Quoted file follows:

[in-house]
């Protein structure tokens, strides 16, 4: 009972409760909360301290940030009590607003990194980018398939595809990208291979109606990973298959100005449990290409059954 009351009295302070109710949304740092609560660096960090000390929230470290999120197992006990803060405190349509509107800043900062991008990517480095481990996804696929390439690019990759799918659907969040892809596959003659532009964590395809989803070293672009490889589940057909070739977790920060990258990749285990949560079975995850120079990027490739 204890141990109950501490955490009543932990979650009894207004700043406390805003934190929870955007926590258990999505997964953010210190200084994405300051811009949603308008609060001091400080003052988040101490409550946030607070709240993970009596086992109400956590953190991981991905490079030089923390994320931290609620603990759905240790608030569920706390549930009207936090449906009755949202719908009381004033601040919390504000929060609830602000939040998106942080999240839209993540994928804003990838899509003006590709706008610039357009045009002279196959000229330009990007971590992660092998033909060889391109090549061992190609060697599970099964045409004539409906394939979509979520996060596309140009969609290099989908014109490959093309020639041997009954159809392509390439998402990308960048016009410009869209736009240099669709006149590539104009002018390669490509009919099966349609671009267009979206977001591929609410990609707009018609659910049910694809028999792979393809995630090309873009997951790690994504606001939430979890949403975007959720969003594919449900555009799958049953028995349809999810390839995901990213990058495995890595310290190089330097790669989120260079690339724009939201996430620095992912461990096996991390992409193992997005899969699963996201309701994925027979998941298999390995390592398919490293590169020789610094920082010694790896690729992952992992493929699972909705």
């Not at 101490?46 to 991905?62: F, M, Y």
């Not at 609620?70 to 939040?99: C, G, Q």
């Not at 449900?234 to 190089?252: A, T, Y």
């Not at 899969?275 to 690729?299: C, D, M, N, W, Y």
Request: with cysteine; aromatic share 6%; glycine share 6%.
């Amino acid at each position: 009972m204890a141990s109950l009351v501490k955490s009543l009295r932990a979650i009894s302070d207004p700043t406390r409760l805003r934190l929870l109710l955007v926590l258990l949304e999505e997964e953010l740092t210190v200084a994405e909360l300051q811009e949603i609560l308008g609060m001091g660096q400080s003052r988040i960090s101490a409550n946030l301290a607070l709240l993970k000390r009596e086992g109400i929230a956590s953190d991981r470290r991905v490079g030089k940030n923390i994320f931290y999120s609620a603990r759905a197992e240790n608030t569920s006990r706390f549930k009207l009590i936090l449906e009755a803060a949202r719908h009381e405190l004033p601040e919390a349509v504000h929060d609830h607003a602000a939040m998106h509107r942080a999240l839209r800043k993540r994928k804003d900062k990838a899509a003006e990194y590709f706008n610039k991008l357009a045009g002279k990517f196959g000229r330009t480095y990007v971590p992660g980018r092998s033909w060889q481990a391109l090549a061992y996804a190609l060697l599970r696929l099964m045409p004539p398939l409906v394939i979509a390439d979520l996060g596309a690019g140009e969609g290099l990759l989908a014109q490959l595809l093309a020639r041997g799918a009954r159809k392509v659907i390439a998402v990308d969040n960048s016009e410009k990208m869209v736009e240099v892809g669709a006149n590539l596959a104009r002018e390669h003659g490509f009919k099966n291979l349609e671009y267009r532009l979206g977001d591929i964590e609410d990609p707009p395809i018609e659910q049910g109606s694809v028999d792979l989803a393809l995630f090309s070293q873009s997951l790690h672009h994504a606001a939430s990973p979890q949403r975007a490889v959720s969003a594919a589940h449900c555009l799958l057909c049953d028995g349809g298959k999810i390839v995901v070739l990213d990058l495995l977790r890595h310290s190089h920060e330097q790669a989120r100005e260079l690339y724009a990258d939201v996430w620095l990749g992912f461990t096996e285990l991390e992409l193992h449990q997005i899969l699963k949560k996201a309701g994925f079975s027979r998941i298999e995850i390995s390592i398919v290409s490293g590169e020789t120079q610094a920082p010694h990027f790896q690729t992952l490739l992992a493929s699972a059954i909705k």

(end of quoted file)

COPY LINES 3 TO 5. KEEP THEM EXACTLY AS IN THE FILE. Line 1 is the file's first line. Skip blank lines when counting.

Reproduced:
């Not at 101490?46 to 991905?62: F, M, Y």
């Not at 609620?70 to 939040?99: C, G, Q």
């Not at 449900?234 to 190089?252: A, T, Y």